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The truth in being an Upright African.

19 Apr

rosiemoteneblog

Over the past decade as I embarked on a journey of self discovery, there were many questions, fears and frustrations that crossed my thoughts and made me ponder on my upbringing. As I have said many times before in my writings and social media posts, when you set out to seek an answer and you honestly ask it, the universe conspires and places you in positions where you would find that closure. For me, I was trying to understand the true meaning and feeling of being an African women, understanding the notion of black pride and strength. You must understand this is something that I did not know, understand or believe in. My unconventional upbringing of growing up in a different culture, traditions and compromising era of history, led me to living a very confused life for over three decades. So when I began to question my guilt, confusion and…

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The truth in being an Upright African.

19 Apr

Over the past decade as I embarked on a journey of self discovery, there were many questions, fears and frustrations that crossed my thoughts and made me ponder on my upbringing. As I have said many times before in my writings and social media posts, when you set out to seek an answer and you honestly ask it, the universe conspires and places you in positions where you would find that closure. For me, I was trying to understand the true meaning and feeling of being an African women, understanding the notion of black pride and strength. You must understand this is something that I did not know, understand or believe in. My unconventional upbringing of growing up in a different culture, traditions and compromising era of history, led me to living a very confused life for over three decades. So when I began to question my guilt, confusion and privilege that I was placed in from birth, I realized that I had no reference point to start from, there were no books that could guide me. Fortunately living in the times of social media, I found myself being attracted and participating in very important and thought provoking conversations of Black history, white privileged and reclaiming our kingdom. These conversations were different from the important discussion of bringing an end to apartheid. These new conversation educated me on centuries of black history not only in South Africa but also in other counties and in some cases continents.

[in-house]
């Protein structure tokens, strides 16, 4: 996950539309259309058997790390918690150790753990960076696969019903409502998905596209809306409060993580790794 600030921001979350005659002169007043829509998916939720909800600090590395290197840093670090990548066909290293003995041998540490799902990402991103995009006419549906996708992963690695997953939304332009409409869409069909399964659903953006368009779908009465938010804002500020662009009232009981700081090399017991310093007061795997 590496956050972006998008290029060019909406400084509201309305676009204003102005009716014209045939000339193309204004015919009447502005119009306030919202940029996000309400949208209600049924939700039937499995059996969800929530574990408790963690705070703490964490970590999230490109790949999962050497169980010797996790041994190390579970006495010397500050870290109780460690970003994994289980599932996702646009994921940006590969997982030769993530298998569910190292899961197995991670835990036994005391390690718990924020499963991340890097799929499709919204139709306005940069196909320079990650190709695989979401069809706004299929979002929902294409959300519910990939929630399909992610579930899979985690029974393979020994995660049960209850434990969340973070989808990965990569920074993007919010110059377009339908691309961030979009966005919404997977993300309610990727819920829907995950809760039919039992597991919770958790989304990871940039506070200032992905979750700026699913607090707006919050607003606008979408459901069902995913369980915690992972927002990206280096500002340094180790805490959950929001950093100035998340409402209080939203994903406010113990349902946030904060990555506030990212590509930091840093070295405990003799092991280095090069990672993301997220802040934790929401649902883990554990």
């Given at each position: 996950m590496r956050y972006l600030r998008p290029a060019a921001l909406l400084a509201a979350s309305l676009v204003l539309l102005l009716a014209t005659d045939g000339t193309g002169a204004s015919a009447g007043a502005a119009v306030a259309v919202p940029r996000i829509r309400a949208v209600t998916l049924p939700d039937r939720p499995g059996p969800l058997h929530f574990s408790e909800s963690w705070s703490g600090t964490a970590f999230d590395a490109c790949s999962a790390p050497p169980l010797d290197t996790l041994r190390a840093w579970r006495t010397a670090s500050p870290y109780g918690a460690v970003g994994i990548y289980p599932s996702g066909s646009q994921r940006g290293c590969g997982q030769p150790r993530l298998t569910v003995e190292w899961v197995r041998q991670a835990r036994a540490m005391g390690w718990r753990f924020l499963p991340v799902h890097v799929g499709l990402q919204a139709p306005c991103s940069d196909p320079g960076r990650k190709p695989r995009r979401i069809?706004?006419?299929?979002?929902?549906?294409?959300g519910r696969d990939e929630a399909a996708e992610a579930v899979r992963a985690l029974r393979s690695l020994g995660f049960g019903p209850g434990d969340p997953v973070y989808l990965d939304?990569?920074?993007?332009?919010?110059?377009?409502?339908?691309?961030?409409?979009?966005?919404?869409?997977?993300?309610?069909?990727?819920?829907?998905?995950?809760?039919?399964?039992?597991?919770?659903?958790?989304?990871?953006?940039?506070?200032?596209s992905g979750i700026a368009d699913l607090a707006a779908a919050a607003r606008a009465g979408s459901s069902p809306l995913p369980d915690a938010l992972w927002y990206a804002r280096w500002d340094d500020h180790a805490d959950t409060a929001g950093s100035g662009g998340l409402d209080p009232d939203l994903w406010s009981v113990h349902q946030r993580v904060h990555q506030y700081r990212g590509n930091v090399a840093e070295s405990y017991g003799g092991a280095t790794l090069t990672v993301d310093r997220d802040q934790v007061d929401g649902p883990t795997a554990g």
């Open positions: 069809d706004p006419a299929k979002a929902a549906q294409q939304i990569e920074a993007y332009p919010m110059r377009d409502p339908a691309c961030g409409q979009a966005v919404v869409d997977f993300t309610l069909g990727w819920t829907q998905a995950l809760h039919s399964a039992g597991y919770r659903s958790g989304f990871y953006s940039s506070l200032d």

The old adage goes along the lines of: People come into your life, for a reason or a season. I soon began to understand the phenomenal individuals that I began to meet and indulge in deep conversation.